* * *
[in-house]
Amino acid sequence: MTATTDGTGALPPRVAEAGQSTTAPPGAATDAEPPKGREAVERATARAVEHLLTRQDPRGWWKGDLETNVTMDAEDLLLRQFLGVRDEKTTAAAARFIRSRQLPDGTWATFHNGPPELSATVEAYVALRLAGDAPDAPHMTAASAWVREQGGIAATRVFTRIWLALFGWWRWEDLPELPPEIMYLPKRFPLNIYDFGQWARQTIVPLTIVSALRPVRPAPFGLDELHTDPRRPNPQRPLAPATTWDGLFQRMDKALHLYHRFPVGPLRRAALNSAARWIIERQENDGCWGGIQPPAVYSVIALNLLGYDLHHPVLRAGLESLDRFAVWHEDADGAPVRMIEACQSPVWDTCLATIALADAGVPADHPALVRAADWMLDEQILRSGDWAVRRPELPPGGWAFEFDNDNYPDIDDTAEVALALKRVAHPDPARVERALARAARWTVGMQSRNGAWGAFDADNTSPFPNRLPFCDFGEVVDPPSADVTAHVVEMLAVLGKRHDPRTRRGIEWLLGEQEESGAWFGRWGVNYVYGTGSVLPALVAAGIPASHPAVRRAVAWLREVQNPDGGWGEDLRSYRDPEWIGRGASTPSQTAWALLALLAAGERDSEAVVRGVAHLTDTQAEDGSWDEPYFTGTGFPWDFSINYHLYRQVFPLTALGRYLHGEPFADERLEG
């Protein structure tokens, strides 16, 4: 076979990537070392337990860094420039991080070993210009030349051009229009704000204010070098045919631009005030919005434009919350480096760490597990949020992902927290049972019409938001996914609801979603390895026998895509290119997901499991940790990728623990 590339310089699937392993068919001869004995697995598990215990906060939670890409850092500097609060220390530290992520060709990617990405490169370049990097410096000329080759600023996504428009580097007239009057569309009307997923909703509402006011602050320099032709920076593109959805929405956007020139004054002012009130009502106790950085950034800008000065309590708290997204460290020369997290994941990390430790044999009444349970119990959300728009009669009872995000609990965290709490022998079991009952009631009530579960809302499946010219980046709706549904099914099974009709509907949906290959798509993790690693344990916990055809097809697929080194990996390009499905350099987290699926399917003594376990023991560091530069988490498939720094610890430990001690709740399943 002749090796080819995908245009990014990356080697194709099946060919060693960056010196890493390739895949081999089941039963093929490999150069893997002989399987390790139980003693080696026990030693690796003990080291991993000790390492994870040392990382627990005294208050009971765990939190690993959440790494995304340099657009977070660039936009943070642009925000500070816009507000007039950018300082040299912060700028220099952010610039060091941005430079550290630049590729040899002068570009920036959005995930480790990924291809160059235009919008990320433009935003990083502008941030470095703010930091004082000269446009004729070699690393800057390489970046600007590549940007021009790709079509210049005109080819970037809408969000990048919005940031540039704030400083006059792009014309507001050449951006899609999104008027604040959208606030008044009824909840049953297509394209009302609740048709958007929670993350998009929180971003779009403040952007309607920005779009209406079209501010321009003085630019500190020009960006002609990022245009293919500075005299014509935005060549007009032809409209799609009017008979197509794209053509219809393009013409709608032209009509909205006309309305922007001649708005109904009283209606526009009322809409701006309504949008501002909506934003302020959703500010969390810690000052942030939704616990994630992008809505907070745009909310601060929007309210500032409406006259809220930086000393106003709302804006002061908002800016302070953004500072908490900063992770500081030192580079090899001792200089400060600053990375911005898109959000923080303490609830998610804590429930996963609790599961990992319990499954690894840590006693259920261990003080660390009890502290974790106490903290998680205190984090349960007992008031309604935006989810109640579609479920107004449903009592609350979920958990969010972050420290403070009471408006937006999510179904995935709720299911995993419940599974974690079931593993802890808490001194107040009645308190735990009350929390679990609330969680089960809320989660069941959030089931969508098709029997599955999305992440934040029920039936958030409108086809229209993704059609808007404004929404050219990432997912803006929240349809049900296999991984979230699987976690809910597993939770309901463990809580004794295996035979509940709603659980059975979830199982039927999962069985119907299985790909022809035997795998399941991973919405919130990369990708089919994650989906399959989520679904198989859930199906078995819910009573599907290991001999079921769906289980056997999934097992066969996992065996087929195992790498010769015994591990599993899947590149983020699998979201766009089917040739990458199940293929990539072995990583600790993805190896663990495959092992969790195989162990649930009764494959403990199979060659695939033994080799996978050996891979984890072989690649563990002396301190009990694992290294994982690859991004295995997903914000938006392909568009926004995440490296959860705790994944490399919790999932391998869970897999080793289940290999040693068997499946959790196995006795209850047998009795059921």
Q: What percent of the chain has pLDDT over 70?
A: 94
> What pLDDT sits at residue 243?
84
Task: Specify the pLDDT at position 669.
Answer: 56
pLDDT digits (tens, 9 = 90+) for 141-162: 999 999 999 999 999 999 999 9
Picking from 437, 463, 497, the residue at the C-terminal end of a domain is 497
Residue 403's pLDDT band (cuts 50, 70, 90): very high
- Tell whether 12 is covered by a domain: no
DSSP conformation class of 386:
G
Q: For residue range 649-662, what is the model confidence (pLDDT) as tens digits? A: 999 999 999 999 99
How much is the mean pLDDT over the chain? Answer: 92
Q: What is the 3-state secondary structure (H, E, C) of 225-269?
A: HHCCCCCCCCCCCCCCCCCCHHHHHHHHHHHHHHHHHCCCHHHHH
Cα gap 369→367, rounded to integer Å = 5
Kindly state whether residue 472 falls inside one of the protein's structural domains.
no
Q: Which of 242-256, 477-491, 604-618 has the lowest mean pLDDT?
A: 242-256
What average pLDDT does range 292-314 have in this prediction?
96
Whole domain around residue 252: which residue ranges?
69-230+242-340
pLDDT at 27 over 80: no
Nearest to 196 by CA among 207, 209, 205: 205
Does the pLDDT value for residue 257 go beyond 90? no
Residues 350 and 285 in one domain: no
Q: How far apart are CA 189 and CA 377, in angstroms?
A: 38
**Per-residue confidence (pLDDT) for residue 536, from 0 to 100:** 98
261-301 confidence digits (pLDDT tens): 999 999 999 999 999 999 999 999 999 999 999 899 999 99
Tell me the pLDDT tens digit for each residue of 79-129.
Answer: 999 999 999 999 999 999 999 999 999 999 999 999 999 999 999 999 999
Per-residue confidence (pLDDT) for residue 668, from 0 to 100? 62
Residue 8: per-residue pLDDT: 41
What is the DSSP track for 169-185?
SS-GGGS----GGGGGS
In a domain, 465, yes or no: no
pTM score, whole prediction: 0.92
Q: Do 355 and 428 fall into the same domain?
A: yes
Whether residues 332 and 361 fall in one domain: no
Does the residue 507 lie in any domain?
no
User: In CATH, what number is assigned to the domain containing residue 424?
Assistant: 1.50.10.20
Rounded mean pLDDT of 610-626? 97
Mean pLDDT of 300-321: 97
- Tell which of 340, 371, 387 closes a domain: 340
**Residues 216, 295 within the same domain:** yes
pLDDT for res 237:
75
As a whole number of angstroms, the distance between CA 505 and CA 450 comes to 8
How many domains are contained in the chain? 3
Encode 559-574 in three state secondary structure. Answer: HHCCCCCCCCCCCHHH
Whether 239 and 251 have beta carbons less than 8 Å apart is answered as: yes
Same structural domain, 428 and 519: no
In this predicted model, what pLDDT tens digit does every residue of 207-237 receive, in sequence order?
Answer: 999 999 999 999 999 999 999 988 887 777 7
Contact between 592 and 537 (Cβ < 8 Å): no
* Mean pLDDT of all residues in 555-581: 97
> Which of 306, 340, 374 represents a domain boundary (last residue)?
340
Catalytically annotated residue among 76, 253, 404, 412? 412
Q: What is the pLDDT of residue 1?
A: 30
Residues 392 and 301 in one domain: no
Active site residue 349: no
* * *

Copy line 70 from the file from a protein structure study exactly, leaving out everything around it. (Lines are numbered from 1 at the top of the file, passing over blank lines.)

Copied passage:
Q: What is the pLDDT of residue 1?